Quite the impact
Toronto study finds tourism a major economic force
For those who question the economic power of tourism, the recently released tourism impact study by Tourism Toronto and the Toronto Region Board of Trade should remove any doubt that the industry is a vital catalyst for the city and regional economy.
Toronto’s Visitor Economy: An Economic Catalyst for the City and the Region reveals that visitors to the city generate an economic impact of $10.3 billion annually, from the city’s 27.5 million visitors per year.
That impact is felt through tax revenue, job creation and growth, and overall spend in many industry sectors, making the opportunity to grow the visitor economy an important one.
Produced by Tourism Economics, a division of Oxford Economics, the study highlights the fact that the visitor economy generates significant tax revenue – to the sum of $1.8 billion in taxes for all three levels of government. And those funds help pay for essential services and amounts to $1,020 of tax revenue saved for every household in Toronto.
As well, visitor spending has a significant impact on industries and employment in Toronto. Close to 70,000 jobs are supported by visitor spending, with those positions generating $3.1 billion in wages for employees and representing 4.6% of all jobs within Toronto. With 10,000 new jobs added over the last five years, jobs supported by visitor spending are also growing at a faster rate than the overall economy.
Tourism Toronto’s president and CEO, Scott Beck said: “The visitor economy is an important pillar in Toronto’s diverse economy, and an incubator for the broader economy that fuels industries and creates jobs for residents.”
Beck continued: “This is a destination with visitors as diverse as the city itself. From the leisure travellers, to the delegates here for meetings, conferences and events, Toronto’s visitor economy is thriving – and when the visitor economy is strong, so is Toronto.”
The study also found that the benefits of the visitor economy are felt beyond the city of Toronto. When looking at the Toronto region, in 2018, the economic impact of the visitor economy reached $17.6 billion, creating more than 121,000 total jobs, and $5.2 billion in wages. Visitors also provide a significant economic boost for communities outside the Toronto region, as they spend a further $2 billion in communities including Niagara Falls, Ottawa and Muskoka.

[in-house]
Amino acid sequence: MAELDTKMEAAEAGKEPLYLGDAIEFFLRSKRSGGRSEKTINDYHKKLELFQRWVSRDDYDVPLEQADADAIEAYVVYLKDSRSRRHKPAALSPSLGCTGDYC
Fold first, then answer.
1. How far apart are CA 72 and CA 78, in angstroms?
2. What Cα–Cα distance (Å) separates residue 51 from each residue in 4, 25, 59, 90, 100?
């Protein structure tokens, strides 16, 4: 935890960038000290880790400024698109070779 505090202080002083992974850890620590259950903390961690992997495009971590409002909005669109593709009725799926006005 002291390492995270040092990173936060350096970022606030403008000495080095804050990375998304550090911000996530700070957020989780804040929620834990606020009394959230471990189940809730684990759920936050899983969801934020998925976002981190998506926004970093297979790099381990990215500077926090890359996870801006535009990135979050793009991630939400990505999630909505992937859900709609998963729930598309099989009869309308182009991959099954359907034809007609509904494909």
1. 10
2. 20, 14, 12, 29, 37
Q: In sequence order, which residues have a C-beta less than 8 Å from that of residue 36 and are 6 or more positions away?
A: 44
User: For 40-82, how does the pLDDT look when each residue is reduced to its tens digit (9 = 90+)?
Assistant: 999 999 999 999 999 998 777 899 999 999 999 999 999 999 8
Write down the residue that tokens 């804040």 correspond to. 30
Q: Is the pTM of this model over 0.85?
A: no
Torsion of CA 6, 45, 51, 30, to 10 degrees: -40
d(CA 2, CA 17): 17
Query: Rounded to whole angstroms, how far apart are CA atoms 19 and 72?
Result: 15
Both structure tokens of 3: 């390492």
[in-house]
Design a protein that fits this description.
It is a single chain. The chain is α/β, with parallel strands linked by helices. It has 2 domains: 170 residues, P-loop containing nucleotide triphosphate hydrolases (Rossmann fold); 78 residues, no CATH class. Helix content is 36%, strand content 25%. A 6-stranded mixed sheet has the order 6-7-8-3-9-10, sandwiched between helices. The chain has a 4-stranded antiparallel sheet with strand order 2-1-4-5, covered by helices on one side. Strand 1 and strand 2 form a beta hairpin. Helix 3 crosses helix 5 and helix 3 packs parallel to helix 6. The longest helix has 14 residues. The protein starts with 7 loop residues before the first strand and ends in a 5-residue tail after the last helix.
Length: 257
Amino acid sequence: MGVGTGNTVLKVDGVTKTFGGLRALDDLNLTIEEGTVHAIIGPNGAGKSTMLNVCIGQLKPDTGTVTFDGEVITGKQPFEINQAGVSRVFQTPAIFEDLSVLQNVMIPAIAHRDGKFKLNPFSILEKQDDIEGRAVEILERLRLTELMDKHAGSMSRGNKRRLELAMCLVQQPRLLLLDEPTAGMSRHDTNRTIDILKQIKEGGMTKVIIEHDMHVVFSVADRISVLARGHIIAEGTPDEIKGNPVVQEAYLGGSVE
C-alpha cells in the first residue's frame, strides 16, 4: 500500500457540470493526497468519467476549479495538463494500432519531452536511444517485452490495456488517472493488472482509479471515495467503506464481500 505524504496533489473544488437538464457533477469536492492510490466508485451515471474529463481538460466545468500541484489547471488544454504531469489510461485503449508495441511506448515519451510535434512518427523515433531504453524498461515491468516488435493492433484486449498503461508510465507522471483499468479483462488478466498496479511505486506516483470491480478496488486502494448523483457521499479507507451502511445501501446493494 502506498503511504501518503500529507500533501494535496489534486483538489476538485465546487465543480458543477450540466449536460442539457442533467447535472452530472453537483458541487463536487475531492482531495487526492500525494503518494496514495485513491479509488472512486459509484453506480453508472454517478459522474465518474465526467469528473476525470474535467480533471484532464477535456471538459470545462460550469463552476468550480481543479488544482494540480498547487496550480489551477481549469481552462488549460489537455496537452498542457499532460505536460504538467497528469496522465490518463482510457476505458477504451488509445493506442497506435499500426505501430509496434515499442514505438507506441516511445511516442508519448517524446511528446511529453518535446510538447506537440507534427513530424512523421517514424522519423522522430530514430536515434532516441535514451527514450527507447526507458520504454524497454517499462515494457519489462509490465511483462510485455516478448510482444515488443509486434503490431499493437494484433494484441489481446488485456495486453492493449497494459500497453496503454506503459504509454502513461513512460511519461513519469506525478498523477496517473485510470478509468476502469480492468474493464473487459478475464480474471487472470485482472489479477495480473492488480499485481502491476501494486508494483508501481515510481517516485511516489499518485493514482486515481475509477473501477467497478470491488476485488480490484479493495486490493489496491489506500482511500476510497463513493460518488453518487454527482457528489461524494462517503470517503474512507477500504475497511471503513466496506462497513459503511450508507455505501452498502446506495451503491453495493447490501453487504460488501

Jan De Silva, president and CEO of the Toronto Region Board of Trade, observed: “Tourism is central to business growth. Whether a visitor is coming to our region for business, pleasure, or both, that visit is a critical economic driver that crosses multiple industries.”
And De Silva pointed out that: “A tourist visit or conference kicks into action a value chain composed of service, hospitality, and event staging sectors, and then reaches beyond to other sectors including technology, healthcare, finance and education.”
Even better, the visitor economy is a major growth sector for Toronto. Visitor arrivals to the city have increased 17% over five years. While visitation is on the rise, visitor spending is growing even faster, with a 46% increase from 2013 to 2018. The increase in visitor spending is driven by Toronto’s growing share of the international visitor market. Long-haul international visitors stay longer and spend more.
Toronto’s meetings, conferences and events industry is at the heart of a strong visitor economy. Major conventions (over 1,000 delegates) welcome nearly 400,000 business delegates, generating more than $850 million in economic impact.
Toronto Mayor John Tory said:”We are Canada’s downtown – more and more people want to visit Toronto to enjoy everything our city has to offer. This report makes it clear how important our vibrant visitor economy is to supporting jobs and businesses here in Toronto and across Ontario.”
And the mayor added: “I am committed to working with the federal and provincial governments to ensure we are helping to further grow and strengthen this sector, because we know a strong visitor economy here in Toronto is good for everyone.”
Go to http://partners.seetorontonow.com/about/torontos-visitor-economy/ for more on the study.